Nurturing doubts

February 26, 1999

In Michael Rutter's review (THES, January 22), my book was called The Nature Assumption. The actual title is The Nurture Assumption. It is a small difference but an important one, because Professor Rutter and I do not disagree about the importance of "nature". Our disagreement has to do with what I call "environment" but most people nowadays call "nurture".

The nurture assumption is the firmly held belief that parents have the power to shape or modify their children's personality and intelligence. In my book, I showed how this unquestioned assumption leads researchers astray by predisposing them to interpret ambiguous evidence as proof of their a priori beliefs. Even researchers as sophisticated as Rutter fall into this trap.

For example, he said: "A correlation does not provide a good measure of the strength of an effect because it is so dependent on the number of individuals in the study to whom the risk factor applies." In truth, a correlation cannot measure the strength of an effect. Correlations do not provide unambiguousevidence of causes or effects.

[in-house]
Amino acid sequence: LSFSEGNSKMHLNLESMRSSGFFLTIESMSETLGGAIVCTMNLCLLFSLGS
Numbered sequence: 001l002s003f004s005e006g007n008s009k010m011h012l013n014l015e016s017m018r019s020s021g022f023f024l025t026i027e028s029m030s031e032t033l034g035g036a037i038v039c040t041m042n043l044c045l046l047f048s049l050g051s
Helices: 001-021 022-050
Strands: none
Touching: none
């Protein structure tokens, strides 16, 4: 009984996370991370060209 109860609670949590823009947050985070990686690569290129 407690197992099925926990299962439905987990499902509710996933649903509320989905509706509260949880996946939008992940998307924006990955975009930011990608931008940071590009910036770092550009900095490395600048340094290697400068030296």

Almost all the data Professor Rutter cited in his review are ambiguous. Most are correlational; most were collected with research methods that cannot distinguish among alternative explanations of the correlation.

Science progresses by testing hypotheses, but parental influence is not regarded as a hypothesis: it is treated as a "given". The proper way to proceed would be to regard the hypothesis of zero parental influence not as an extreme or provocative position but as the null hypothesis to be tested and rejected. It has not been done. After 50 years of assiduous efforts, researchers have still not come up with solid evidence that would enable them to reject, with any degree of confidence, the null hypothesis that parents have no lasting effects on their children. It is time to look elsewhere for the formative influences that shape personality and intelligence Judith Rich Harris Middletown, New Jersey United States

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